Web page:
Traditionally, most botanists separated this complex into two genera, Chrysopsis (Nutt.) Elliott and Heterotheca, with Chrysopsis comprising species with a pappus similar in disc and ray florets and producing only one type of fruit and Heterotheca in the strict sense confined to species having ray florets lacking a pappus or nearly so and producing angled (vs. flattened) ray fruits. Beginning with the work of Shinners (1951), some botanists developed arguments for treating the entire complex as a single genus under the name Heterotheca (Harms, 1963, 1965a, 1968, 1974), citing exceptions to this rule. More recently, Semple (1977, 1996) and Semple et al. (1980) developed cytological, morphological, and molecular data to support the hypothesis that there exist three main lineages within the complex, as well as a few miscellaneous, small segregates. As circumscribed by Semple and his colleagues, Chrysopsis consists of about eleven non-Missouri species native to the southeastern United States. Semple (1996) excluded the two species of Bradburia, one of which does occur in Missouri, and which some botanists continue to accept as a primitive member of Chrysopsis (Nesom, 2000). See the treatment of Bradburia for further discussion. Semple et al. (1980) and Semple (1996) further segregated a group of about seven species of so-called grass-leaved golden asters as the genus Pityopsis Nutt. These also grow in the southeastern United States, with one species also in the Neotropics, and none occurs in Missouri. The confusing array of treatments for Heterotheca and its relatives in the botanical literature is sufficient to cause temporary lightheadedness in botanists, many of whom nevertheless have strong opinions on the appropriate classification.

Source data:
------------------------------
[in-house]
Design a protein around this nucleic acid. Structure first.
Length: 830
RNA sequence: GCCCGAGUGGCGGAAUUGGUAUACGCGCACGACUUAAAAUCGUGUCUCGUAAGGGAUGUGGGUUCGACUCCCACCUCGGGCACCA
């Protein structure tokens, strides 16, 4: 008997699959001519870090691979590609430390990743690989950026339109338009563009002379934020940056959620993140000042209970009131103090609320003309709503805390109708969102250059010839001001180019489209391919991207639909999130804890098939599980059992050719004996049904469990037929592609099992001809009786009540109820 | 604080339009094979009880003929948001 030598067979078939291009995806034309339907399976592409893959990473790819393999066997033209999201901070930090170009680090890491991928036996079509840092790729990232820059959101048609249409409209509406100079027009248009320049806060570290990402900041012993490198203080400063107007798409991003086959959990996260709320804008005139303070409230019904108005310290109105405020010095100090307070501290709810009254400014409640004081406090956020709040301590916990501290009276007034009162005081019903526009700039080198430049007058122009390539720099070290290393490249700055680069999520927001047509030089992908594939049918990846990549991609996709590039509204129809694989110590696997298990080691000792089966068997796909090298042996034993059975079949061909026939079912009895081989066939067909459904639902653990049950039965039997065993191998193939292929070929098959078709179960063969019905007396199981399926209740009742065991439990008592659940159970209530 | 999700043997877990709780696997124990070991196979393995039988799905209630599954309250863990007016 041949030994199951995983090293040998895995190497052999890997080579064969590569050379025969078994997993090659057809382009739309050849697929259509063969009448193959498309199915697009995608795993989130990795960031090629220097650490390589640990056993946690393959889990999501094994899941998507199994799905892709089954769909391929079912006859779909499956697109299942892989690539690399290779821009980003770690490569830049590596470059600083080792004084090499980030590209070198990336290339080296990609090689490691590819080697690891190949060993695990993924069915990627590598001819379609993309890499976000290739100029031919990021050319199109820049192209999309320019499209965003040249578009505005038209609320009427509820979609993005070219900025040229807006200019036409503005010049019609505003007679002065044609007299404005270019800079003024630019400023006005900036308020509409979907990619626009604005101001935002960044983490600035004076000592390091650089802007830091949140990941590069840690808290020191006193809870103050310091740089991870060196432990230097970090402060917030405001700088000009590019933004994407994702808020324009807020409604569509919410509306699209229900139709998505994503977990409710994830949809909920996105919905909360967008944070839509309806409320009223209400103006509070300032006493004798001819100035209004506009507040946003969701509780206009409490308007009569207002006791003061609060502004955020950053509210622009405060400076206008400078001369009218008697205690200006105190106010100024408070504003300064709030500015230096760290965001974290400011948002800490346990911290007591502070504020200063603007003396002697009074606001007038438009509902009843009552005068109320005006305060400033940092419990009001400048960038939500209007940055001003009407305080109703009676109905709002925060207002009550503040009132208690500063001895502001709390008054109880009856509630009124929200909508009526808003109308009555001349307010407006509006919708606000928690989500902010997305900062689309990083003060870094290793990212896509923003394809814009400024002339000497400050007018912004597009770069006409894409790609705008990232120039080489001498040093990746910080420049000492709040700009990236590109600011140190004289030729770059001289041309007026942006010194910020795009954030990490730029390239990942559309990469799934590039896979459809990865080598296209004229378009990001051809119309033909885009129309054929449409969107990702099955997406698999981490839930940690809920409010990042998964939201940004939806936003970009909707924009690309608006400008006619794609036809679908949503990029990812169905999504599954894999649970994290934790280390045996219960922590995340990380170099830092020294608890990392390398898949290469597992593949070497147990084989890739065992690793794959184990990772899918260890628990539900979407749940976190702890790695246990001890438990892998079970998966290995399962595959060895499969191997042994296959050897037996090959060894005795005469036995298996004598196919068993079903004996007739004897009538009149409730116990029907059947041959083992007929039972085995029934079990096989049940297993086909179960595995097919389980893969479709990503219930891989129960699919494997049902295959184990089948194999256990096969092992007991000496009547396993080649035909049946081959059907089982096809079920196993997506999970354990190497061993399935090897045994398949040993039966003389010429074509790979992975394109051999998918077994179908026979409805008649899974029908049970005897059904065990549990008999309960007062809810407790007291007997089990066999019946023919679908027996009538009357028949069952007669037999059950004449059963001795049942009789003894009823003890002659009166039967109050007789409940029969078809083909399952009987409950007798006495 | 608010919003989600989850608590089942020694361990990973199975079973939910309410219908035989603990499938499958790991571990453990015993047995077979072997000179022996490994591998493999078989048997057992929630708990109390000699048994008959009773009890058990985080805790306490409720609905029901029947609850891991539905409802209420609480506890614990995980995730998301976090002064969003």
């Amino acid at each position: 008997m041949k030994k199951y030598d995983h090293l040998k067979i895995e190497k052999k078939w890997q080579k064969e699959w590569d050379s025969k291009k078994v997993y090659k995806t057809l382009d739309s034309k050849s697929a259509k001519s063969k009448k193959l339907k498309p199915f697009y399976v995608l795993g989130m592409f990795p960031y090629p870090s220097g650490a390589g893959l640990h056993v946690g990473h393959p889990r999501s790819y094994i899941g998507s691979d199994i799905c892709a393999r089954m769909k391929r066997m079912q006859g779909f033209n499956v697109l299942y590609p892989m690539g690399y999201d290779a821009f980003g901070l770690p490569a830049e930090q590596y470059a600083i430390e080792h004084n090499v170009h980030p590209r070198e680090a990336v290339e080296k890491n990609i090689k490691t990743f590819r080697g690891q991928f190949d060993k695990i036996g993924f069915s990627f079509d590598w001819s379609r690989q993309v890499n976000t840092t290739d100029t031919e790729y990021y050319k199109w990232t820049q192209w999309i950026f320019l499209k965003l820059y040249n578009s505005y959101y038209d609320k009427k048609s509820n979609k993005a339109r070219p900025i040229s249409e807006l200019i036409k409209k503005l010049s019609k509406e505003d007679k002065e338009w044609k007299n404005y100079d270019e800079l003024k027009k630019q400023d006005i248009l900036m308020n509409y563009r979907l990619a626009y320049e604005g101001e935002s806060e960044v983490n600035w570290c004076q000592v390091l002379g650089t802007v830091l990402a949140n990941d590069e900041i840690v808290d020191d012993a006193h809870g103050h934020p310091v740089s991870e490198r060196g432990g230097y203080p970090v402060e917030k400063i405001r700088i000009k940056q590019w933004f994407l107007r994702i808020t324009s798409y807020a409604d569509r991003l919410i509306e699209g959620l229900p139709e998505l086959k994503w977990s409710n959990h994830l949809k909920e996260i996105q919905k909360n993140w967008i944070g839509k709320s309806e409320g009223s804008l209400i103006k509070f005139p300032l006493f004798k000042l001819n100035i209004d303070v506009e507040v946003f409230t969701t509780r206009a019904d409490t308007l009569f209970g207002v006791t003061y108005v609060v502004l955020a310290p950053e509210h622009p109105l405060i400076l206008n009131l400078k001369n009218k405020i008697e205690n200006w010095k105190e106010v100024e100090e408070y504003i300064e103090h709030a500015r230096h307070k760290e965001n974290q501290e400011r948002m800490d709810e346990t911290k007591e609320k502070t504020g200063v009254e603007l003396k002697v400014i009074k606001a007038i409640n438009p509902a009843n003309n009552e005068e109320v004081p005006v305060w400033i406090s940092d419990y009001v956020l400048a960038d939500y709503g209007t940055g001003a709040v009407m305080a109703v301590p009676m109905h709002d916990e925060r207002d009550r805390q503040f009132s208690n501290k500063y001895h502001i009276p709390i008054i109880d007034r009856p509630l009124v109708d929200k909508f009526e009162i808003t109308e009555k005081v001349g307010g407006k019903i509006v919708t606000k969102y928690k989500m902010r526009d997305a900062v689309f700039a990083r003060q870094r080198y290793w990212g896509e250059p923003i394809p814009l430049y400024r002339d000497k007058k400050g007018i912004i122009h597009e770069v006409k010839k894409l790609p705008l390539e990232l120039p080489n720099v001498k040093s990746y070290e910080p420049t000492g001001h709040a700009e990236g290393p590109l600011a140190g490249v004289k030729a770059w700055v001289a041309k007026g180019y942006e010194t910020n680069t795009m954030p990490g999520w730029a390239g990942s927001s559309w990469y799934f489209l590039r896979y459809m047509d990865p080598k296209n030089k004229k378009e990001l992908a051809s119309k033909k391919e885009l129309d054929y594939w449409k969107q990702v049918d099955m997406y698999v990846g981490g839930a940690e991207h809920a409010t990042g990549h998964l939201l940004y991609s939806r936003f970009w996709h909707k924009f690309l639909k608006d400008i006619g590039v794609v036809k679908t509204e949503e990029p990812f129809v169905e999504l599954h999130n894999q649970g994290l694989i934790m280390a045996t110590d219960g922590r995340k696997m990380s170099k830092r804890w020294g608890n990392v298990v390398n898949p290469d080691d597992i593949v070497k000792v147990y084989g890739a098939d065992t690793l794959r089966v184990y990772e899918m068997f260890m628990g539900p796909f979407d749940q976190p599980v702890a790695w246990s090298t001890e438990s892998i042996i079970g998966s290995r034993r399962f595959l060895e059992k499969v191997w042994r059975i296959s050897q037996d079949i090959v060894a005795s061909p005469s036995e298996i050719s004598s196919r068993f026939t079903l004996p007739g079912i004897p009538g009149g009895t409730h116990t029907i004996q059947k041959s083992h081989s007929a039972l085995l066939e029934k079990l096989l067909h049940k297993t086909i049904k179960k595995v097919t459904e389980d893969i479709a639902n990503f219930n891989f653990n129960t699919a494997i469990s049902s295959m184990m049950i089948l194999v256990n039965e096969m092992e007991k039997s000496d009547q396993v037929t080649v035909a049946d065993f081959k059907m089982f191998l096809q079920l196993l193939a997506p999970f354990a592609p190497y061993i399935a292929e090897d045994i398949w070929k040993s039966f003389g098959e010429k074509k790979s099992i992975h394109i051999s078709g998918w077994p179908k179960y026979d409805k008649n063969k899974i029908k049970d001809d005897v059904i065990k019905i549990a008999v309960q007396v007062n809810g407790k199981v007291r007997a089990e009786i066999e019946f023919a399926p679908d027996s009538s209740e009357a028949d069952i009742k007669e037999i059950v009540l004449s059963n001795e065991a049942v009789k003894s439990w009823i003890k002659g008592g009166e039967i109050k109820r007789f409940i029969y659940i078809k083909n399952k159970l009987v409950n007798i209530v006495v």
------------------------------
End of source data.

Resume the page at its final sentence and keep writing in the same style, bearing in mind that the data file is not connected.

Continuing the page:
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1 1. Leaves appearing gray, not roughened, densely pubescent with appressed or curved hairs mostly lacking a bulbous base, the margins entire ... 2. H. CANESCENS

Heterotheca canescens
2 1. Leaves appearing green or rarely slightly grayish-tinged, roughened, moderately pubescent with curved and loosely appressed to spreading hairs, at least the longer hairs with an expanded, bulbous, pustular base, the margins of at least some of the leaves toothed

3 2. Ray florets with a pappus similar to that of the disc florets; fruits developing from the ray florets somewhat flattened, moderately to densely hairy ... 1. H. CAMPORUM

Heterotheca camporum
4 2. Ray florets lacking a pappus; fruits developing from the ray florets 3- or 4-angled, glabrous ... 3. H. SUBAXILLARIS Heterotheca subaxillaris